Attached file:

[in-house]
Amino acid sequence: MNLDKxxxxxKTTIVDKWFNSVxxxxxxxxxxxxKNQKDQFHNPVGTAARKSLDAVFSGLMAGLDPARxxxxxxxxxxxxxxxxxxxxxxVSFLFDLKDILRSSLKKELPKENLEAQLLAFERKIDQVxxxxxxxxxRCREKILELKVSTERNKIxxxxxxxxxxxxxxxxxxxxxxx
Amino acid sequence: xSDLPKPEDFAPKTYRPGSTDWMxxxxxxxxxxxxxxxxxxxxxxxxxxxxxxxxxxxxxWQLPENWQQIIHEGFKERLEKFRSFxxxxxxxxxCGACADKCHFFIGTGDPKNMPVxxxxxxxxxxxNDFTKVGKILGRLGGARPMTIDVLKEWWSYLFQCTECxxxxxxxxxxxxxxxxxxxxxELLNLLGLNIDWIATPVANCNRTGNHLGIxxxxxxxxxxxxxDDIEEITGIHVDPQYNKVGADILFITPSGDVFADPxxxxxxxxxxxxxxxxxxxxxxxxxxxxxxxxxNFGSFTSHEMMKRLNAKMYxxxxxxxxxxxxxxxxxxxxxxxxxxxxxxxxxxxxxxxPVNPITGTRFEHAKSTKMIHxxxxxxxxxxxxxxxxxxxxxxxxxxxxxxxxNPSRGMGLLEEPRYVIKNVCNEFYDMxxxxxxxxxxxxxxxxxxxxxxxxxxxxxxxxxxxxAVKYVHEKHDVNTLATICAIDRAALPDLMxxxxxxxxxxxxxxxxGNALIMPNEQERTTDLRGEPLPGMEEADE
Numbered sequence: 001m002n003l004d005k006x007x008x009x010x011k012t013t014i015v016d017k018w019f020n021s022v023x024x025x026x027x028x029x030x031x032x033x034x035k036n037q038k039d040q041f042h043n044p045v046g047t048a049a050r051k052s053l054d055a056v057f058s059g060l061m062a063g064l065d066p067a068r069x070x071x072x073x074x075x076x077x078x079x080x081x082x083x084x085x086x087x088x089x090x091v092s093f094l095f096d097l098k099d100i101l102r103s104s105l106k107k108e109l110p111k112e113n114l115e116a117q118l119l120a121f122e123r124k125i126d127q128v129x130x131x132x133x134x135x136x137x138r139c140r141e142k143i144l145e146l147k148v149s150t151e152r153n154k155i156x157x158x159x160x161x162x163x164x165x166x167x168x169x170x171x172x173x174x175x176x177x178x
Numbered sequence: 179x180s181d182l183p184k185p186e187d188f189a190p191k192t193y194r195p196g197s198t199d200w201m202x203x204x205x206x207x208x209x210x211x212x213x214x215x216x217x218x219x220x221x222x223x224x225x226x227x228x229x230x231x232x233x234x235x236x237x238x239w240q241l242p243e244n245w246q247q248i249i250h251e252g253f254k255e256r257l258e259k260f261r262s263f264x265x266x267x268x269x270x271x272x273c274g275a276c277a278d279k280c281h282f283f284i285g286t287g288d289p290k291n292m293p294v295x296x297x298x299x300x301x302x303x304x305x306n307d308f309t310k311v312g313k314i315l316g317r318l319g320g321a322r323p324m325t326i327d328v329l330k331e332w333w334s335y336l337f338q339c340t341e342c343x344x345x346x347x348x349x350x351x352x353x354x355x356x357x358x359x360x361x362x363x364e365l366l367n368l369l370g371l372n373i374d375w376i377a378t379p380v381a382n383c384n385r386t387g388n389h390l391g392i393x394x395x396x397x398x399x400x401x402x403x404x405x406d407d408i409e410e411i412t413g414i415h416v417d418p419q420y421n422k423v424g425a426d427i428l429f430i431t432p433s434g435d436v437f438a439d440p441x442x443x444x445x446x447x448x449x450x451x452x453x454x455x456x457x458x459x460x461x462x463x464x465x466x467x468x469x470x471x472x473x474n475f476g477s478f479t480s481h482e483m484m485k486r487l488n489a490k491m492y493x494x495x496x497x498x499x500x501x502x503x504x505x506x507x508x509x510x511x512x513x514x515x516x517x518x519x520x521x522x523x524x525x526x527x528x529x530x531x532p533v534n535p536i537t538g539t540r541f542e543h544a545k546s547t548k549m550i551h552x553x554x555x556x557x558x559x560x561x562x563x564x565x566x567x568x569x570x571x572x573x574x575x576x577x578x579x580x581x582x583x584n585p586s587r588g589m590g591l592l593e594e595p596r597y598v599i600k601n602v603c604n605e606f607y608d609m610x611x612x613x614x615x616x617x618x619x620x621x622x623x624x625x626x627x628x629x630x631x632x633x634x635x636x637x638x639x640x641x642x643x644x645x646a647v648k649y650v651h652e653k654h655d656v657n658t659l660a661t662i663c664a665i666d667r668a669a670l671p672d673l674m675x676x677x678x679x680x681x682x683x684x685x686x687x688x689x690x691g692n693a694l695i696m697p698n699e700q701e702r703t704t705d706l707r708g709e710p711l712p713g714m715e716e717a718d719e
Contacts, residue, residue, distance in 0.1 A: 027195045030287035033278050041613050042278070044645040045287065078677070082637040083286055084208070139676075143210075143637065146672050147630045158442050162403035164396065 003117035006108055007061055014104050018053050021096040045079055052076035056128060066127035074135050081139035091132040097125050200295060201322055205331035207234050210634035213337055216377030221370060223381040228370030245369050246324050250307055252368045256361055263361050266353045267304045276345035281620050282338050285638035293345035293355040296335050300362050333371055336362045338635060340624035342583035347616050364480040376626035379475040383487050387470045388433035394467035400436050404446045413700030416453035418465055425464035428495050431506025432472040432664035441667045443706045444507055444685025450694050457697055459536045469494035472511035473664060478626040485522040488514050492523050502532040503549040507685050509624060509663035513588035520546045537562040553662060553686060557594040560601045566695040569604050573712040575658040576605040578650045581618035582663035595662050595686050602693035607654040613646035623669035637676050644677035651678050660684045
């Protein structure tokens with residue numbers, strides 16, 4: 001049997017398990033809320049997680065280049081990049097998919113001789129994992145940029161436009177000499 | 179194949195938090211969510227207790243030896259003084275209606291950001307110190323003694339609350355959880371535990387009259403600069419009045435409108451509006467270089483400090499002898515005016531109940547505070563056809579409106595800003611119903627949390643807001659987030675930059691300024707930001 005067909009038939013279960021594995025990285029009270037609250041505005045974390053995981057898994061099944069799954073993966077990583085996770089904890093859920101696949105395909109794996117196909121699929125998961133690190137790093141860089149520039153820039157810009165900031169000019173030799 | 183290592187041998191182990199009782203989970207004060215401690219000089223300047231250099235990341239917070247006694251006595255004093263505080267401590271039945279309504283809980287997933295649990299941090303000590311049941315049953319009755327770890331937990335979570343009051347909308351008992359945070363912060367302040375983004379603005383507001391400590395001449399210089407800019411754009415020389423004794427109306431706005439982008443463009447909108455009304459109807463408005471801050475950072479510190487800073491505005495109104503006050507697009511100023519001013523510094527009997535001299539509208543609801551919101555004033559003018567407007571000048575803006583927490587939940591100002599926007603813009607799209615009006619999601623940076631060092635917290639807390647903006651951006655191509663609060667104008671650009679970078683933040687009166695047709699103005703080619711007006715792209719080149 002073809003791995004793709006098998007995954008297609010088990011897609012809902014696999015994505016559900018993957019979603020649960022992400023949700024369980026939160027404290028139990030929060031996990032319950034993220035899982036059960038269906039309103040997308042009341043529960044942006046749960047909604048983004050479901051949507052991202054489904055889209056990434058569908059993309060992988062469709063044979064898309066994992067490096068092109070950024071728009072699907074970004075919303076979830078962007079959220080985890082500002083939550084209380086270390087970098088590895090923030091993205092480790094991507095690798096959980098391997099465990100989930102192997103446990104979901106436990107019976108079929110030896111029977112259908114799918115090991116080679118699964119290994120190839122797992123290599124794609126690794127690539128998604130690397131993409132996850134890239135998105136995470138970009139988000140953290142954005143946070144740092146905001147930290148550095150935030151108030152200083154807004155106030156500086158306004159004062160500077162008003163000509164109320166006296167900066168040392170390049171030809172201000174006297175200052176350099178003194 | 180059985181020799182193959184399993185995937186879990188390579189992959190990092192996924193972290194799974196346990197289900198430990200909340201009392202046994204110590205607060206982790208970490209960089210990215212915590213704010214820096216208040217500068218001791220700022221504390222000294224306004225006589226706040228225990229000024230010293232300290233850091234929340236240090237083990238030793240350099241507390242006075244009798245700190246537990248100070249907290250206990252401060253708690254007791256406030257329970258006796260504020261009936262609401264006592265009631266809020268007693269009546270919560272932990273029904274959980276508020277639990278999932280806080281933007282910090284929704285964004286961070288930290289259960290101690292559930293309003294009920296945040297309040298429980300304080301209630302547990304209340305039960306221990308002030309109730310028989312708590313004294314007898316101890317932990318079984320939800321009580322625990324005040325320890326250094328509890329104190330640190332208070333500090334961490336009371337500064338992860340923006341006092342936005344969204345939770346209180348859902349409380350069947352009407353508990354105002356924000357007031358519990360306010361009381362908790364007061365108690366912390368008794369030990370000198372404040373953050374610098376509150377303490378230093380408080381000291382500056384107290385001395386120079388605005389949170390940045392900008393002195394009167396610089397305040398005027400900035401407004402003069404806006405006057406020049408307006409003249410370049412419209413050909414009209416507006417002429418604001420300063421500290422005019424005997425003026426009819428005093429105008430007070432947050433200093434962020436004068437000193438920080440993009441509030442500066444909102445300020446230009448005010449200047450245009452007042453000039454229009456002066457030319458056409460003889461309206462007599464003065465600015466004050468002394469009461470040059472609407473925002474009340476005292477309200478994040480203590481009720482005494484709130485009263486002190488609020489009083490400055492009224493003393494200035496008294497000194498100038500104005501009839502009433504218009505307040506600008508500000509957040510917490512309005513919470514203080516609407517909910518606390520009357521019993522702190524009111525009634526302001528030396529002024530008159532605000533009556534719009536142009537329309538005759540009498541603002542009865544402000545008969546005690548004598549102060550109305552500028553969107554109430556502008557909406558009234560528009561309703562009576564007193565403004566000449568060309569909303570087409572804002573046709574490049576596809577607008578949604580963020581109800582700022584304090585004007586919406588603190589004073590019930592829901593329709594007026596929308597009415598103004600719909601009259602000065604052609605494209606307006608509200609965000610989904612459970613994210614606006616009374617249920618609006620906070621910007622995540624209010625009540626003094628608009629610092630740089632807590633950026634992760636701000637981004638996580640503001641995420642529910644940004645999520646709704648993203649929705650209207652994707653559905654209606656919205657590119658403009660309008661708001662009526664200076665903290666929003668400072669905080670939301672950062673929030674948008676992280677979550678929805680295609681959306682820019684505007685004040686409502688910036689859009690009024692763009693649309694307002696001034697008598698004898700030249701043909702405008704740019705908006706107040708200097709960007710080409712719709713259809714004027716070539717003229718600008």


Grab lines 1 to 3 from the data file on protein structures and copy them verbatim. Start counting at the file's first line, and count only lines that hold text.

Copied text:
[in-house]
Amino acid sequence: MNLDKxxxxxKTTIVDKWFNSVxxxxxxxxxxxxKNQKDQFHNPVGTAARKSLDAVFSGLMAGLDPARxxxxxxxxxxxxxxxxxxxxxxVSFLFDLKDILRSSLKKELPKENLEAQLLAFERKIDQVxxxxxxxxxRCREKILELKVSTERNKIxxxxxxxxxxxxxxxxxxxxxxx
Amino acid sequence: xSDLPKPEDFAPKTYRPGSTDWMxxxxxxxxxxxxxxxxxxxxxxxxxxxxxxxxxxxxxWQLPENWQQIIHEGFKERLEKFRSFxxxxxxxxxCGACADKCHFFIGTGDPKNMPVxxxxxxxxxxxNDFTKVGKILGRLGGARPMTIDVLKEWWSYLFQCTECxxxxxxxxxxxxxxxxxxxxxELLNLLGLNIDWIATPVANCNRTGNHLGIxxxxxxxxxxxxxDDIEEITGIHVDPQYNKVGADILFITPSGDVFADPxxxxxxxxxxxxxxxxxxxxxxxxxxxxxxxxxNFGSFTSHEMMKRLNAKMYxxxxxxxxxxxxxxxxxxxxxxxxxxxxxxxxxxxxxxxPVNPITGTRFEHAKSTKMIHxxxxxxxxxxxxxxxxxxxxxxxxxxxxxxxxNPSRGMGLLEEPRYVIKNVCNEFYDMxxxxxxxxxxxxxxxxxxxxxxxxxxxxxxxxxxxxAVKYVHEKHDVNTLATICAIDRAALPDLMxxxxxxxxxxxxxxxxGNALIMPNEQERTTDLRGEPLPGMEEADE